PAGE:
my dog Latke my only audience. My focus had been exclusively on getting the words out fast enough. But I had never given much thought to what those words actually meant.
that my book is about how my father kept a mistress for 15 years while he was still married to my mother, those words were far from dryly informative, like a grocery list. Much of what
I had chosen to say sounded more like an intimate, heartfelt confession. Still, I hadn't expected to get emotional about
it. Those words were not news to me.
reading them before a roomful of strangers, my eyes welled up with tears.
Having those tears hardly helped. Glasses or not, I could barely see. When I looked up as I concluded the last
sentence, I saw Andrea flashing me that pesky “TIME’S UP” sign. Yikes! How far overtime had I gone?
Mortified, I slunk back to my
seat and barely heard what the next few authors said. Or perhaps sang.
A few minutes later, Andrea announced that we were taking a short break
– the book council's equivalent of the seventh-inning stretch. At this, the
author seated in front of me, a professor of Middle Eastern History at Berklee College
of Music, spun around.
"I think for your book,
people were absolutely silent because they were riveted," she told me. “Of all the books here, yours was the most compelling!"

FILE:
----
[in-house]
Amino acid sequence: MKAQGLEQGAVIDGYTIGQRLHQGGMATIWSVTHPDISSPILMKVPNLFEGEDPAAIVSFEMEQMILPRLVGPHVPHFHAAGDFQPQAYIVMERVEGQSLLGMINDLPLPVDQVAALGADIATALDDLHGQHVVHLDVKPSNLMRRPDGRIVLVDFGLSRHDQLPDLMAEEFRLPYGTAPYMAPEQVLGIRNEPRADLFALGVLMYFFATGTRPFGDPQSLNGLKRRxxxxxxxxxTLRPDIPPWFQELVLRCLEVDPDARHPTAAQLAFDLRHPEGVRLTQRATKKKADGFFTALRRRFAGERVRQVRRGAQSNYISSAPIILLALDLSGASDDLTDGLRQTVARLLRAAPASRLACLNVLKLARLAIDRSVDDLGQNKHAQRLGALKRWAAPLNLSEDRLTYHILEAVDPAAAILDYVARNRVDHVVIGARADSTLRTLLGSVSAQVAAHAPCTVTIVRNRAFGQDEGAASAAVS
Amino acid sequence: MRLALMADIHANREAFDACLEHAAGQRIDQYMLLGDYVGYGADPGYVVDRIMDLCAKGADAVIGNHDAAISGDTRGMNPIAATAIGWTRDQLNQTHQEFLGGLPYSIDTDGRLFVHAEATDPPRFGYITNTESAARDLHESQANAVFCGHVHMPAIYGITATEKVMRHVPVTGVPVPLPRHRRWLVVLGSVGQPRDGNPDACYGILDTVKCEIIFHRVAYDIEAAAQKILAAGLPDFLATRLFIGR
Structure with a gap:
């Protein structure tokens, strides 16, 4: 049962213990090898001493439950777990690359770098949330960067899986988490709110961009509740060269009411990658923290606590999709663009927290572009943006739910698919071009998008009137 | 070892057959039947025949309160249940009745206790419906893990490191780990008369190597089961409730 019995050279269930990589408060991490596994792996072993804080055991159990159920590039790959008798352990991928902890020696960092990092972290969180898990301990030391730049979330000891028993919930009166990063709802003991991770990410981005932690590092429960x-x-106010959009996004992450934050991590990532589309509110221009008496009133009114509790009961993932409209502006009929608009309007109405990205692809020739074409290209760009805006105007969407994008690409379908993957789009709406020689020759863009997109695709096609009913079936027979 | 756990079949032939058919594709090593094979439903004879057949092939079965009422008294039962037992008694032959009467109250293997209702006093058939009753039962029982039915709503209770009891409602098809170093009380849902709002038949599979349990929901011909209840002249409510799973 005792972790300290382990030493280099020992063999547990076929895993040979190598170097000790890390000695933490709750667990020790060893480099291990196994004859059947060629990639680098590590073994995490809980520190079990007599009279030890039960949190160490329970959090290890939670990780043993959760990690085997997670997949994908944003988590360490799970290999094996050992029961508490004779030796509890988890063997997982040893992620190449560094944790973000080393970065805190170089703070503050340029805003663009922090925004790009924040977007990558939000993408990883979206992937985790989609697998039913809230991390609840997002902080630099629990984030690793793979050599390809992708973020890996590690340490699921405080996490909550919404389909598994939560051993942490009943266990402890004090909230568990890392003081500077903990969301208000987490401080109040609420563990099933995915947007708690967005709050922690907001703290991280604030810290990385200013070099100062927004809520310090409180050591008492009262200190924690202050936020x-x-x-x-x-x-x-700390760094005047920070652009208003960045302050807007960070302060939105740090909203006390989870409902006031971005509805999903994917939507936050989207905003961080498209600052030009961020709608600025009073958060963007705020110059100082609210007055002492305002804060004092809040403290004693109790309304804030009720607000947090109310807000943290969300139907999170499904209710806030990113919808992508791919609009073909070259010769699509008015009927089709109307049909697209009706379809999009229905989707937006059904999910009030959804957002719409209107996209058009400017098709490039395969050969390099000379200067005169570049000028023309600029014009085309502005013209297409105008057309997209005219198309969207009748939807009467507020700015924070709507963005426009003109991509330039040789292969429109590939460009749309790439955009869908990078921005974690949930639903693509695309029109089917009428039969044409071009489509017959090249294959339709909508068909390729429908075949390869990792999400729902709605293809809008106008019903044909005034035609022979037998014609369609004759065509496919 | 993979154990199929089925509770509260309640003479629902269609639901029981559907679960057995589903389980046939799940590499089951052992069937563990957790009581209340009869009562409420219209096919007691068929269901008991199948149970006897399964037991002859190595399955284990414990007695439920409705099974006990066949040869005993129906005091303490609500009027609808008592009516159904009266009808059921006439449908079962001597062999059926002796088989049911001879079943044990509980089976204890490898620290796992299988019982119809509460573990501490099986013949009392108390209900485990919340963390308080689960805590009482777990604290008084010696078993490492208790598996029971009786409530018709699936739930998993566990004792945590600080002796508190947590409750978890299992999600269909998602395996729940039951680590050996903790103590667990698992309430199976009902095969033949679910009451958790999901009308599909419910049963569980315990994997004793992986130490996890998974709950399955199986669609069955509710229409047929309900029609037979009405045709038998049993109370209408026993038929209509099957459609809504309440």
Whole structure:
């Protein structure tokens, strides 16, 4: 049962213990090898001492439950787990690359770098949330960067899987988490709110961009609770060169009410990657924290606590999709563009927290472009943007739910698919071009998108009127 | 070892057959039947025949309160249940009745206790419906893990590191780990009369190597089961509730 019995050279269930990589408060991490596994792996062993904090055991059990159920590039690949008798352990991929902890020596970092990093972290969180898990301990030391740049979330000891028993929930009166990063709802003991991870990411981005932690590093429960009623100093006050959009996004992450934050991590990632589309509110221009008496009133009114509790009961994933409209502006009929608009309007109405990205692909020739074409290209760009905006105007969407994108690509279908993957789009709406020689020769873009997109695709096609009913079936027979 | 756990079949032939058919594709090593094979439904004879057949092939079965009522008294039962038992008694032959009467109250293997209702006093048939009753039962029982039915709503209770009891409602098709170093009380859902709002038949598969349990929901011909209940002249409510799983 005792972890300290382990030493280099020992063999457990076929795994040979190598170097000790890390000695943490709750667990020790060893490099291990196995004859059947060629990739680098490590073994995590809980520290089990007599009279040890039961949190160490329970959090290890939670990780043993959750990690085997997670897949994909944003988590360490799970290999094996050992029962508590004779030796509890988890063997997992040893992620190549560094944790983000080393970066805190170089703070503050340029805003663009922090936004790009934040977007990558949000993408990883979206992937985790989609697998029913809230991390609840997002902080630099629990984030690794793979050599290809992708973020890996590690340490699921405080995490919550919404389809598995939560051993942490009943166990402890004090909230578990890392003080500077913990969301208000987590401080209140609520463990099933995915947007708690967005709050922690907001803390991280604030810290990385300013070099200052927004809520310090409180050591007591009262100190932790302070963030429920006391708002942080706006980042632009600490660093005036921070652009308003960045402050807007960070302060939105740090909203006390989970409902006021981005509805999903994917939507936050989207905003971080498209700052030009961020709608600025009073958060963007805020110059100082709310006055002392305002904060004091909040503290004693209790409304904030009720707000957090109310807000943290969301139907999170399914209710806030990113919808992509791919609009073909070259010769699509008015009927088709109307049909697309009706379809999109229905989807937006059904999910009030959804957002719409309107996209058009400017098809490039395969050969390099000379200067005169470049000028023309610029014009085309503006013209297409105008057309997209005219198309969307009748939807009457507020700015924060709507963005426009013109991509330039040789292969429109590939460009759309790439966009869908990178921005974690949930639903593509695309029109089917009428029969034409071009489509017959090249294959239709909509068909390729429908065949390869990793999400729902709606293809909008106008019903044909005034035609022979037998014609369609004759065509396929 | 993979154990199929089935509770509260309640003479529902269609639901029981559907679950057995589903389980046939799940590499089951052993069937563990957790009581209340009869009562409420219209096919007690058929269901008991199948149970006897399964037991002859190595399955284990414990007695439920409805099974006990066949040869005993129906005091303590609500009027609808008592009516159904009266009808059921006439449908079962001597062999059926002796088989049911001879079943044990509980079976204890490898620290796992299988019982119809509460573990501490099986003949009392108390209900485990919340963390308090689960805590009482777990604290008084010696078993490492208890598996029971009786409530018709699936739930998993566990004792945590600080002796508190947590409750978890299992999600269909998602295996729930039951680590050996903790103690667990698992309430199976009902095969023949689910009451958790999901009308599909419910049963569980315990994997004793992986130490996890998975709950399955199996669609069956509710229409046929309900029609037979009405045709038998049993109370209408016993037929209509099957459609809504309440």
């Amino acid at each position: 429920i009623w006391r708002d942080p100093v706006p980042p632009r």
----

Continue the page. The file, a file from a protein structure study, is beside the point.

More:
Huh? Was she kidding? I couldn't resist reaching out to hug her. So I hadn't totally
At the reception afterwards, I was inundated with reps from around the country.
"You're on my short list!" exclaimed a lively woman from a temple in New Jersey. "Are you available to come speak to our
woman, from Austin, Texas, asked if I was free for her group's book festival
A publicist slipped me his card. The "joy versus
oy" rabbi said he couldn't wait to read my book.
Then there was the writer
from San Francisco who planned to recommend
my memoir to his wife's book group. I was happy to hear that its members were in their 50s.
"There's too much sex in it for a much older crowd," I warned him.
"Now I'm intrigued and REALLY going to recommend it!" he replied.
It remains to be seen how
many, if any, of them will
actually book me to speak. But now, at least, I know why I went.
I went because you can’t succeed if you don’t try.
OK, here, in case you're curious, is my two-minute pitch. See if
you can read it in two minutes flat.
Book pitch for The Adulterer’s Daughter
My father always said that women should be “slender and laughing.” My mother, with
all her advanced degrees, was neither of those things. She was zaftig. And brilliant! So he preferred his mistress – “Elaine” –
who looked like a Jewish Sophia Loren (yeah, she wished!).